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Leak Protection Port St Joe
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***((( UPDATE 09Aug2010 ))*** @ more fish kills reported.


Port St. Joe, Fla:
Something is wrong in the waters of St. Joe Bay. State biologists, wildlife officers and health officials are trying to determine just what that is.

They responded to a fish kill in Port St. Joe and reports of oil near Cape San Blas in Gulf County on Thursday.

The Florida Department of Environmental Protection, Florida Fish and Wildlife Conservation Commission and the city’s Health Department collected water, air and tissue samples to determine whether the fish kill is a natural occurrence or was caused by oil from the Deepwater Horizon disaster.

A brown sludge covered the water’s surface at the city boat ramp at Frank Pate Park. Port St. Joe Mayor Melvin Magidson ordered the ramp closed until testing could be completed.

“If this is oil or something that’s hazardous to our scallops, we don’t want people launching and going out in the head of the bay and spreading what might be a dangerous situation even worse,” said Magidson.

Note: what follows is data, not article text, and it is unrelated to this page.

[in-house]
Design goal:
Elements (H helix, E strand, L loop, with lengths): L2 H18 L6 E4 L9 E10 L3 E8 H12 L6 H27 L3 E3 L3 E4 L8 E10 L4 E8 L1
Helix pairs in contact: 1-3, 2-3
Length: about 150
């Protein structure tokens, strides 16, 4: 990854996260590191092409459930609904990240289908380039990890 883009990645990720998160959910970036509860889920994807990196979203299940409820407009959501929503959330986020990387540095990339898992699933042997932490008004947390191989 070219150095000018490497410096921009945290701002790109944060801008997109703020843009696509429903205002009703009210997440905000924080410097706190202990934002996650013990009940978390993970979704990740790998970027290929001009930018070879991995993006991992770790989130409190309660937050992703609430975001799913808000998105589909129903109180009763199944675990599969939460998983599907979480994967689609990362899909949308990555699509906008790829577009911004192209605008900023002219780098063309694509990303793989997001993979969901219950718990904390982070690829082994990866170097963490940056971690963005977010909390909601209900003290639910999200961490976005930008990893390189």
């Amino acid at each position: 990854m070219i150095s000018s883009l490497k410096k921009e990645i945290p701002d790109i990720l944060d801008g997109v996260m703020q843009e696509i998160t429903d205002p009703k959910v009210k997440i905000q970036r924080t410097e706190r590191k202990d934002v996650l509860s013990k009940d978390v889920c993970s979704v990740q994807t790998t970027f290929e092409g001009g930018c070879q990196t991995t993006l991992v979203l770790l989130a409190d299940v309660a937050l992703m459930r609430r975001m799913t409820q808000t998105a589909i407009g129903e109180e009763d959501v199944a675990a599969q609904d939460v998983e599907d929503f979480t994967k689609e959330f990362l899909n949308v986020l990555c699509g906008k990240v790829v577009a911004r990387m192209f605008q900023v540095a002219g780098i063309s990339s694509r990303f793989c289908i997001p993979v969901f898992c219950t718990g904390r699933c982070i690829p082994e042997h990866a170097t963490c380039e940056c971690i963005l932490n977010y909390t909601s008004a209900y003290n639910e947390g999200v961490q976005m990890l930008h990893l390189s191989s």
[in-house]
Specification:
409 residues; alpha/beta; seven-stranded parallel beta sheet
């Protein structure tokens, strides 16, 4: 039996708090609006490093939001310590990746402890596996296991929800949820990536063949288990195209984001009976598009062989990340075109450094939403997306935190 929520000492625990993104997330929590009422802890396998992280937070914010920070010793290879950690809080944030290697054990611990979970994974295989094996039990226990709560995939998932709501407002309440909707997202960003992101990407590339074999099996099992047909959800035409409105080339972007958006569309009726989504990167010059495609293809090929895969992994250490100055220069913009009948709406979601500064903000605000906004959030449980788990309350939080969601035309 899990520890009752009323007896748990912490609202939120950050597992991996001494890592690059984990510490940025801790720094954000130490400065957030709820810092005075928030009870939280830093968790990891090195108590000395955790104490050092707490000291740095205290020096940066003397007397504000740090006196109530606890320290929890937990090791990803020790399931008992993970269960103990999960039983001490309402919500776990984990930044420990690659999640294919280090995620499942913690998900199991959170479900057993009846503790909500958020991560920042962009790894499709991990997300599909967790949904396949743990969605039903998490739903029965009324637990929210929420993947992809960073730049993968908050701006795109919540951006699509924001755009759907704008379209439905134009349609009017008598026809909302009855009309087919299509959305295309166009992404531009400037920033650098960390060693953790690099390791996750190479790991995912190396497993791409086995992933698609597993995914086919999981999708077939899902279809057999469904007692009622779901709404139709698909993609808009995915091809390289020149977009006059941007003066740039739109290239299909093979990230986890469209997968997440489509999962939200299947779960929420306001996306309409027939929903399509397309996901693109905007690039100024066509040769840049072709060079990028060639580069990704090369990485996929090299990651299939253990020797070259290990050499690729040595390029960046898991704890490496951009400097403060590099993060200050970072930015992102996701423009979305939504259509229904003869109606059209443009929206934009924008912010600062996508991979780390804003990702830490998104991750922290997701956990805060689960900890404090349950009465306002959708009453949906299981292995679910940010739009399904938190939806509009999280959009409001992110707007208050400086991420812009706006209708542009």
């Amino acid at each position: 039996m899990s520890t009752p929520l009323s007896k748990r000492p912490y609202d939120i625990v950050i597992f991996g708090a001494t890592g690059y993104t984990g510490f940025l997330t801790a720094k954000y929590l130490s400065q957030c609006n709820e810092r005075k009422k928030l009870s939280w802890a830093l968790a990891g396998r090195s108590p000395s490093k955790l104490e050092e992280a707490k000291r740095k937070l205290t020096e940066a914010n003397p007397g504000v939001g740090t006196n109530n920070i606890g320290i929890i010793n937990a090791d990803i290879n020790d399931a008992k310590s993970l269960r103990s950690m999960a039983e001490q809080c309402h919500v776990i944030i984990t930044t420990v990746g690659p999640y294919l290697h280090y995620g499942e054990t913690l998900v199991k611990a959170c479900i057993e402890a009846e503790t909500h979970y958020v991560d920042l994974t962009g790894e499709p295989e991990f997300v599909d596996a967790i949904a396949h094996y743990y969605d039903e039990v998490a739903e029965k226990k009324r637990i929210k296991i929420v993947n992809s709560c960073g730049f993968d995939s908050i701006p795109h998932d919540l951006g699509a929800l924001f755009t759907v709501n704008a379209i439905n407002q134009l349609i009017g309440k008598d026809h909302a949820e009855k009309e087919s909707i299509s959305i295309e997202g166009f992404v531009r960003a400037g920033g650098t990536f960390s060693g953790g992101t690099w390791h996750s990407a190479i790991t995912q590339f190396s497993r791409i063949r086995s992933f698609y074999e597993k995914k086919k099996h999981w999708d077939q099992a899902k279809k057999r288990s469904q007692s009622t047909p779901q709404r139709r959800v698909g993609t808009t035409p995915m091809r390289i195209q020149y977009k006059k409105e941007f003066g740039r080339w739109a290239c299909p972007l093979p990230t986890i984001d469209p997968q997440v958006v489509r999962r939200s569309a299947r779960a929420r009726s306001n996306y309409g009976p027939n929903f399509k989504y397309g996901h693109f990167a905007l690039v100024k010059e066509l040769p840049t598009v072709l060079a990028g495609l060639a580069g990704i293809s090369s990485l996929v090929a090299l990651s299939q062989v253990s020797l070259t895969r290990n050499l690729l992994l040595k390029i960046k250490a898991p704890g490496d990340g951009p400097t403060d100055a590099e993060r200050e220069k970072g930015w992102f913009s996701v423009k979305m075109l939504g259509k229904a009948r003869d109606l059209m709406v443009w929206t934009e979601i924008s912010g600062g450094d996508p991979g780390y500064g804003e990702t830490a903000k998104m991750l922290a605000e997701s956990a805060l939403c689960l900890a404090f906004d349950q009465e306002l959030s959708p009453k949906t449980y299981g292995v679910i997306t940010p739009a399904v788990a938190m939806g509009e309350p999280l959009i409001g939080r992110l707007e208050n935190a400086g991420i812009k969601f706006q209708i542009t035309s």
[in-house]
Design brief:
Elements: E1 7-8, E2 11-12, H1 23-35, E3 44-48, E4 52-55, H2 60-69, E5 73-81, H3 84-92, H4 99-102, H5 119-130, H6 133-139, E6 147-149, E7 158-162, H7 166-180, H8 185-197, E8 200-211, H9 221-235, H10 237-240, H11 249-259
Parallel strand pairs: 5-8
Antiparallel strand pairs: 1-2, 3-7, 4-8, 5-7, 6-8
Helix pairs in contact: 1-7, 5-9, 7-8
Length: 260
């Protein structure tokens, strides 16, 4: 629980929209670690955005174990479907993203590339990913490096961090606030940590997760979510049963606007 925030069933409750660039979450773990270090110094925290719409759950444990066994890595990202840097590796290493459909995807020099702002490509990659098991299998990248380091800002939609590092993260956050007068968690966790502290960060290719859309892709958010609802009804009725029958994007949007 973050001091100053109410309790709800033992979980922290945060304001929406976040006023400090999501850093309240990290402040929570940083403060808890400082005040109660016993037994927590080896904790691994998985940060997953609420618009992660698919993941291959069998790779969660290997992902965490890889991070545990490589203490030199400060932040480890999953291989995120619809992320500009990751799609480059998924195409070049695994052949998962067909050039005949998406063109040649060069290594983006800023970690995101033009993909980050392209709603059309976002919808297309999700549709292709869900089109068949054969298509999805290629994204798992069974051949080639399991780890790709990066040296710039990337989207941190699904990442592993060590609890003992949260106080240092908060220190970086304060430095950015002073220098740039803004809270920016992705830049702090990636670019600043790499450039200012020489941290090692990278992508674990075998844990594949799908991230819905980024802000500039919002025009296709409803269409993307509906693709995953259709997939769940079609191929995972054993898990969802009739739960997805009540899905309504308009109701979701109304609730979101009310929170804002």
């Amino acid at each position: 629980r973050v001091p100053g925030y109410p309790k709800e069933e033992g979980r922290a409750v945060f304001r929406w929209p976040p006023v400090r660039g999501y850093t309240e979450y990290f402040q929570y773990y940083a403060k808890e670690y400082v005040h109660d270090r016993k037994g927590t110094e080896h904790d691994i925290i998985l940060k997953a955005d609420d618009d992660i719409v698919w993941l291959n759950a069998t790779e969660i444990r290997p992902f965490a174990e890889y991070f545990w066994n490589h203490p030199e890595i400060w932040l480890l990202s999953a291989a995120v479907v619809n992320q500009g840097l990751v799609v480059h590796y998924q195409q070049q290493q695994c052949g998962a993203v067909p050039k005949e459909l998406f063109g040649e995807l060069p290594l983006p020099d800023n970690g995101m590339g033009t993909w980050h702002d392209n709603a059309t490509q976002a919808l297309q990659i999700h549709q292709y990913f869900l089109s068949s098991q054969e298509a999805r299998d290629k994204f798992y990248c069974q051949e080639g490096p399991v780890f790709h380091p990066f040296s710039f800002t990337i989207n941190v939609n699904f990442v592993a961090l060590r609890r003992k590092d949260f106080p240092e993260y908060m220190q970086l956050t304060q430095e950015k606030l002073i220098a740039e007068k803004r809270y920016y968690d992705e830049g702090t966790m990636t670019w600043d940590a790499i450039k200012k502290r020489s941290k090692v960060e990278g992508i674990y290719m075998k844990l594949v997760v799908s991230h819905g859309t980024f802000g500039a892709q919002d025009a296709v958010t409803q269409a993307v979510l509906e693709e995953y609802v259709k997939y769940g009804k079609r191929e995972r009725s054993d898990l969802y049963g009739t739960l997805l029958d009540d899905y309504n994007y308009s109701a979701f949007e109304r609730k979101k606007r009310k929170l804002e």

County commissioners, US Coast Guardsmen and BP representatives huddled nearby, determining how to respond to the fish kill and reports of possible oil sighted six miles off Cape San Blas.

“We want to make sure what this was,” said Commissioner Bill Williams. “Was it related to the [Deepwater Horizon] incident? Was it red tide? [We] can’t answer those questions until the analytical and the scientific approach is brought to bear.”

Hundreds of bay creatures—including flounder, sting rays, eels and other fish—washed up on city shores early Thursday morning. Officials said fish kills and red tide blooms are common during the heat of summer, but a report of possible oil nearby is a reason for caution. “It is significant there were diversified species there of different size,” said Williams.

Vani Rao of BP’s Community Outreach said the company’s involvement in the Gulf County incident is part of its overall response to the disaster.

“The best thing that we can do is plan for whatever happens, attack it immediately, and then make sure that we respond and recover from any gaps that we identify,” Rao said.

Rao said vessels searched the area off Cape San Blas late Thursday but found no oil or dead fish — only a large patch of seaweed.

The fish kill occurred just one day before kickoff of the annual Florida Scallop and Music Festival in Port St. Joe.

“Hopefully, people will still be able to go out in the bay and enjoy the scalloping and the fishing,” said Tim Kerigan, Executive Director of the Gulf County Tourist Development Council. “We’re still going to have a wonderful festival no matter what the speculation, or perception or reality may be.”

Officials expect it to take several days for the water, air and tissue analyses to be completed.

Read more: http://www.panhandleparade.com/index.php/mbb/article/gulf_county_fish_kill_under_investigation/mbb7725158/#ixzz0w8mjOYCP

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